Exclusive: The alleged ties between Turkish President Erdogan and Islamist terrorists in Syria is an embarrassment for the Obama administration and the U.S. news media, which would prefer to look the other way rather than face up to the danger created by an out-of-control NATO “ally,” writes Robert Parry.
Theoretically, it would be a great story for the American press: an autocrat so obsessed with overthrowing the leader of a neighboring country that he authorizes his intelligence services to collaborate with terrorists in staging a lethal sarin attack to be blamed on his enemy and thus trick major powers to launch punishing bombing raids against the enemy’s military.
And, after that scheme failed to achieve the desired intervention, the autocrat continues to have his intelligence services aid terrorists inside the neighboring country by providing weapons and safe transit for truck convoys carrying the terrorists’ oil to market. The story gets juicier because the autocrat’s son allegedly shares in the oil profits.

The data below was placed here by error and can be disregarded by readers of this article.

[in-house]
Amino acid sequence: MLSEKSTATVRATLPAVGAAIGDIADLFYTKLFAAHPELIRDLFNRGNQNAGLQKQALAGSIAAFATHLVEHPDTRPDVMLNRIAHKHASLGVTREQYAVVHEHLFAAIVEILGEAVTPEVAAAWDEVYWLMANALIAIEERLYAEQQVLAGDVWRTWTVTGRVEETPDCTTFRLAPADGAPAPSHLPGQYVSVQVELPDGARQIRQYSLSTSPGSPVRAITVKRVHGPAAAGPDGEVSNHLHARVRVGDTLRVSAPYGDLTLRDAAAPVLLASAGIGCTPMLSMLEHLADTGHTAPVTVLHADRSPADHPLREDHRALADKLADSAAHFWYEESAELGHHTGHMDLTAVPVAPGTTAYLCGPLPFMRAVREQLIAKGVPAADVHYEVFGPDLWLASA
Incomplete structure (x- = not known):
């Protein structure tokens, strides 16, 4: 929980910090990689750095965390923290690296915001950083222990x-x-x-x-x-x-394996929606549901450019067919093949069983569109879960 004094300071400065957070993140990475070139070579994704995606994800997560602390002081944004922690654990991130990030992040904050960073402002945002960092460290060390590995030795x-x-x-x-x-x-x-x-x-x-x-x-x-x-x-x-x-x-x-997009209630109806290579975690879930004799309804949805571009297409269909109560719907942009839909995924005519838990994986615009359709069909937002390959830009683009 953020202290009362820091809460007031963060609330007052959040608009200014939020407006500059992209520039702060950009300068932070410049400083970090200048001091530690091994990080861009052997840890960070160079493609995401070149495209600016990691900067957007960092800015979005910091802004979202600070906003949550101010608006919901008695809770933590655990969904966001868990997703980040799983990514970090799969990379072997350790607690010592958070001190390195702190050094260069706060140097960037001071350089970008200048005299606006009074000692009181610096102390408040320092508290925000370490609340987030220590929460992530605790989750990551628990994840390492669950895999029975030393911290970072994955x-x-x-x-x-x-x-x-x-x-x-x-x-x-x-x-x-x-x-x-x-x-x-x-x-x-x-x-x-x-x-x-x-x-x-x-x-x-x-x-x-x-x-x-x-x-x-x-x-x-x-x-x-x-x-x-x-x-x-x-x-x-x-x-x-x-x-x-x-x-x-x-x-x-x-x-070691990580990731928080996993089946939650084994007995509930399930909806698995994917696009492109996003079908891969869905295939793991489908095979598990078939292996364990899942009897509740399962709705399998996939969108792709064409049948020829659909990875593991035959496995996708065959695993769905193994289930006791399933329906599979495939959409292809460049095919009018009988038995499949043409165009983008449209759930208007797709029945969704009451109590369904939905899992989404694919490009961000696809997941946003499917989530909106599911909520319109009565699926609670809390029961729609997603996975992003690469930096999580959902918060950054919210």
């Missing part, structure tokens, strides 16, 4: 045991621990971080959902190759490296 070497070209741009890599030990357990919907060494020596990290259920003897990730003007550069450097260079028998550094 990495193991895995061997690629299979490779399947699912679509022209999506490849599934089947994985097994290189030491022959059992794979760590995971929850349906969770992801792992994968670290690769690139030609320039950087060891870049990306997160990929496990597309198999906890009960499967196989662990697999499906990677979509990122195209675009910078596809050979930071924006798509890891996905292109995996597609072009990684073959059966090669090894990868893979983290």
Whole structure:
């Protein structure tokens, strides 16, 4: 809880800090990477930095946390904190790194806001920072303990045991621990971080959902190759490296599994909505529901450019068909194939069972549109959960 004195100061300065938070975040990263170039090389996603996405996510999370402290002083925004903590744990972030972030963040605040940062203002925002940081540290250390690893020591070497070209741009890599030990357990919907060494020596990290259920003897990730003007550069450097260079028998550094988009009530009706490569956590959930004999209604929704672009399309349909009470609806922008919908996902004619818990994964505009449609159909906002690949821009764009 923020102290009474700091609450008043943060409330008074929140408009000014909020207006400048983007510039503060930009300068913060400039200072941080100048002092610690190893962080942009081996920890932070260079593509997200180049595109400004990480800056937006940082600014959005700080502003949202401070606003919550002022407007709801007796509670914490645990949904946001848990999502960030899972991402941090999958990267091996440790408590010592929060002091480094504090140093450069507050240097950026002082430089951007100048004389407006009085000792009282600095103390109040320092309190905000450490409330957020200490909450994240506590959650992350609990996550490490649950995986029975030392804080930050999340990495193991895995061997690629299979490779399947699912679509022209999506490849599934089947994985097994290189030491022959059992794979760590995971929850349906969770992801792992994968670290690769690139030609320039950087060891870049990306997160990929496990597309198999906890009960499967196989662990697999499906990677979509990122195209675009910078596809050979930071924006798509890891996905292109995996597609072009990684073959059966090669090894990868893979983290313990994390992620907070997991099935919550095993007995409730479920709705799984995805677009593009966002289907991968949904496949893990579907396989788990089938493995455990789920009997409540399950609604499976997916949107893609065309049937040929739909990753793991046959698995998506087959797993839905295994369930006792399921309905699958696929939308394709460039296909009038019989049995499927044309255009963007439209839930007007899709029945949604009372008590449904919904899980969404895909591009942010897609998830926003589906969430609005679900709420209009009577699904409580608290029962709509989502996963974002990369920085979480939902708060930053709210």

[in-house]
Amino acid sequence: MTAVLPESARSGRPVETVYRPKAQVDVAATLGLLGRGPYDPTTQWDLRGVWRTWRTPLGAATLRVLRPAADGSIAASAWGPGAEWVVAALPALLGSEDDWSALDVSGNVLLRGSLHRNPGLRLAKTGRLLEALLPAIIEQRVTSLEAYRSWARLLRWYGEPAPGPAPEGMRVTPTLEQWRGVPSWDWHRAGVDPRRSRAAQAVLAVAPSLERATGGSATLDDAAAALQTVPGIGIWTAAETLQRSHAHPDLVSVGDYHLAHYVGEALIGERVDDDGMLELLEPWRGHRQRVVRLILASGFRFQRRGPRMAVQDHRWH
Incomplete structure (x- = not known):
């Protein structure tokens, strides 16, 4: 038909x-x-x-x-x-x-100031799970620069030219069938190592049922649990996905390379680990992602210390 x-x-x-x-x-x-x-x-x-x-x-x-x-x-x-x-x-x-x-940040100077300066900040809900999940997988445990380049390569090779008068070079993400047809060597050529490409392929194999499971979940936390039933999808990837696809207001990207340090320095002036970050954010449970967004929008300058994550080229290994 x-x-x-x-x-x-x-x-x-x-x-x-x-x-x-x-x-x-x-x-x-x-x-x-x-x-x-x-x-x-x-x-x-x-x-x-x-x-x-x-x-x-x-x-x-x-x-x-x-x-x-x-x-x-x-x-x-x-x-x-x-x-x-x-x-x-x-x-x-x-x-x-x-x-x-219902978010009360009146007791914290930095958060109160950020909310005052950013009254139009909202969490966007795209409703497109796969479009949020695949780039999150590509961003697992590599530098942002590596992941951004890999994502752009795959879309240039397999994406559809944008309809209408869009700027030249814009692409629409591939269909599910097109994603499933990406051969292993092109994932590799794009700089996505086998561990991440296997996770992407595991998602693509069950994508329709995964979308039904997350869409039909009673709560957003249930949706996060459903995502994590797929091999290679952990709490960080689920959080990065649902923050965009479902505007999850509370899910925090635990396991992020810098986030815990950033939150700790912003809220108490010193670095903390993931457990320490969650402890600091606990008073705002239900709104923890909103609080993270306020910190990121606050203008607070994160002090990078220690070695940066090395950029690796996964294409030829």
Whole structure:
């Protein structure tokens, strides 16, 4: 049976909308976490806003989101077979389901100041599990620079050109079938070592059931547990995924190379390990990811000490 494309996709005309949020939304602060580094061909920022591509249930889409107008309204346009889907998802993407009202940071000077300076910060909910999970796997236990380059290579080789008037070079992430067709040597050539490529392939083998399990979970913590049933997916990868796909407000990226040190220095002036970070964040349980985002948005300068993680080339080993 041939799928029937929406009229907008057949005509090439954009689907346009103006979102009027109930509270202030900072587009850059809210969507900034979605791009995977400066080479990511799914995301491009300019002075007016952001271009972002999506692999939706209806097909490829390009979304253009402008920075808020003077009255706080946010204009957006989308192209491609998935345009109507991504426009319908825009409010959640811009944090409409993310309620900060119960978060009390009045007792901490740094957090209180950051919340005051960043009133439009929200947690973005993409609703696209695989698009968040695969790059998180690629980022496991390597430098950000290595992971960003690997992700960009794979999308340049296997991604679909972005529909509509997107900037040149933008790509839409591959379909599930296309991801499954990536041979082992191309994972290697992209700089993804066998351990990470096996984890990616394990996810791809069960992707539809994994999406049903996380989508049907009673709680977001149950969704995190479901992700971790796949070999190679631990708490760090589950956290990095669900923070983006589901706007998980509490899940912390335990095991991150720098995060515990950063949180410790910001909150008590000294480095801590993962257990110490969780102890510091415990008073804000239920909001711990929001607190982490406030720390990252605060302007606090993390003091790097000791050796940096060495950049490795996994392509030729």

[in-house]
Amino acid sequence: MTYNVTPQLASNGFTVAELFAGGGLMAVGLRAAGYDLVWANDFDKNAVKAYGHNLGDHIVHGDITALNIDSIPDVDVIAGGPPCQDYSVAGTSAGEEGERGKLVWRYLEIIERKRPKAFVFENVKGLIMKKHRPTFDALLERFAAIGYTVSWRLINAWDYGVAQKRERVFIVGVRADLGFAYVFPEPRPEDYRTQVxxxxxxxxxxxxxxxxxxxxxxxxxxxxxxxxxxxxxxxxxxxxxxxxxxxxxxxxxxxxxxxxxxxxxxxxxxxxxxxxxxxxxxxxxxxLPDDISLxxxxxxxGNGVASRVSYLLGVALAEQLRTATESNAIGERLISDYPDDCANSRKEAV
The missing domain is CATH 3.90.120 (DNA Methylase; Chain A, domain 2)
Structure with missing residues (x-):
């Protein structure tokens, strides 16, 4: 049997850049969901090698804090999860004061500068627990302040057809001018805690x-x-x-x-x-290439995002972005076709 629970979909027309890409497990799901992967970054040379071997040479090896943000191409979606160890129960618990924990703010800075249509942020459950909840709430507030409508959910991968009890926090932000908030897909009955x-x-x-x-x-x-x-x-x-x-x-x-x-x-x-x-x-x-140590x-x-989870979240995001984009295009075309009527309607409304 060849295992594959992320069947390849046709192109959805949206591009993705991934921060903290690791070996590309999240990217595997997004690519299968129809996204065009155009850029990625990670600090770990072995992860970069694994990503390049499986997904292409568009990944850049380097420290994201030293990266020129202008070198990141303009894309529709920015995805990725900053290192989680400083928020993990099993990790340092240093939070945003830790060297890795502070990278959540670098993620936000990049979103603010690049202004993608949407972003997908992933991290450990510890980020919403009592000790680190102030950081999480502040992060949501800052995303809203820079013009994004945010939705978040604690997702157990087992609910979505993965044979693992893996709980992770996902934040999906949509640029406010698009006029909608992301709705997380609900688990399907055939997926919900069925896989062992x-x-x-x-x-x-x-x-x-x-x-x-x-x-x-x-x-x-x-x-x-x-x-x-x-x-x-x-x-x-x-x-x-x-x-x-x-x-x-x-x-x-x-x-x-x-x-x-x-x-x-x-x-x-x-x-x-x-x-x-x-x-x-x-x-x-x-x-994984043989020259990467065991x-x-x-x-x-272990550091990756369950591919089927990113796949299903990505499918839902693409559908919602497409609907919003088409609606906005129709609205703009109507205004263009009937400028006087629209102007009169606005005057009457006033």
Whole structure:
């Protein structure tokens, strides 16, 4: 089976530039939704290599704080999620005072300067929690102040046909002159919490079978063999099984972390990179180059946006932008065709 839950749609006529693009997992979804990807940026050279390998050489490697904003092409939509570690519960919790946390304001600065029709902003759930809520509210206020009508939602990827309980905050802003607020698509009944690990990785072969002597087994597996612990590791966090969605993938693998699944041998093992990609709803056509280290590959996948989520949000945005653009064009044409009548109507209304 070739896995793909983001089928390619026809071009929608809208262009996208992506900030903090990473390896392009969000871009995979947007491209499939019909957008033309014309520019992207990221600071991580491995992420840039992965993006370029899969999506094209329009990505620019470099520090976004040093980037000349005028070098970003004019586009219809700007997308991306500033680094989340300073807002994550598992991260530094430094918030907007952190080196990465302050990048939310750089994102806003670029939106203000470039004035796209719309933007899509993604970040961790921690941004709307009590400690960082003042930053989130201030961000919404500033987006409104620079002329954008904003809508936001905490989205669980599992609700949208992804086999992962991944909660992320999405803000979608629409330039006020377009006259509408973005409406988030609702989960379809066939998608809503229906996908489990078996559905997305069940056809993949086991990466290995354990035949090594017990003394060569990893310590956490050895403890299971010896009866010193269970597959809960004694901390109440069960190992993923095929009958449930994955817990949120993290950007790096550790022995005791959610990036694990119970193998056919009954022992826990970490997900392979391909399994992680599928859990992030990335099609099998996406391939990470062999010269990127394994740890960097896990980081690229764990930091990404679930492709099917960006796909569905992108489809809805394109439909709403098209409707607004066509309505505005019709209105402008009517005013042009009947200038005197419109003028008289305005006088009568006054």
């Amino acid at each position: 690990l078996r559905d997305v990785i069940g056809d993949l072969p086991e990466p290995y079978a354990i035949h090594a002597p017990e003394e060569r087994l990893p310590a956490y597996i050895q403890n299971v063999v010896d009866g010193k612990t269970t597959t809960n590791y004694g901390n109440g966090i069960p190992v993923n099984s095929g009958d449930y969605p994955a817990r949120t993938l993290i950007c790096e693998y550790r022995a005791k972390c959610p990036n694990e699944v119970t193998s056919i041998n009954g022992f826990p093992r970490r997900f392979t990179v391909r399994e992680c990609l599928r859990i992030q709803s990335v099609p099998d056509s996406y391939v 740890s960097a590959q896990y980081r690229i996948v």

To make the story even more compelling, an opposition leader braves the wrath of the autocrat by seeking to expose these intelligence schemes, including the cover-up of key evidence. The autocrat’s government then seeks to prosecute the critic for “treason.”
But the problem with this story, as far as the American government and press are concerned, is that the autocratic leader, President Recep Tayyip Erdogan, is in charge of Turkey, a NATO ally and his hated neighbor is the much demonized Syrian President Bashar al-Assad. Major U.S. news outlets and political leaders also bought into the sarin deception and simply can’t afford to admit that they once again misled the American people on a matter of war.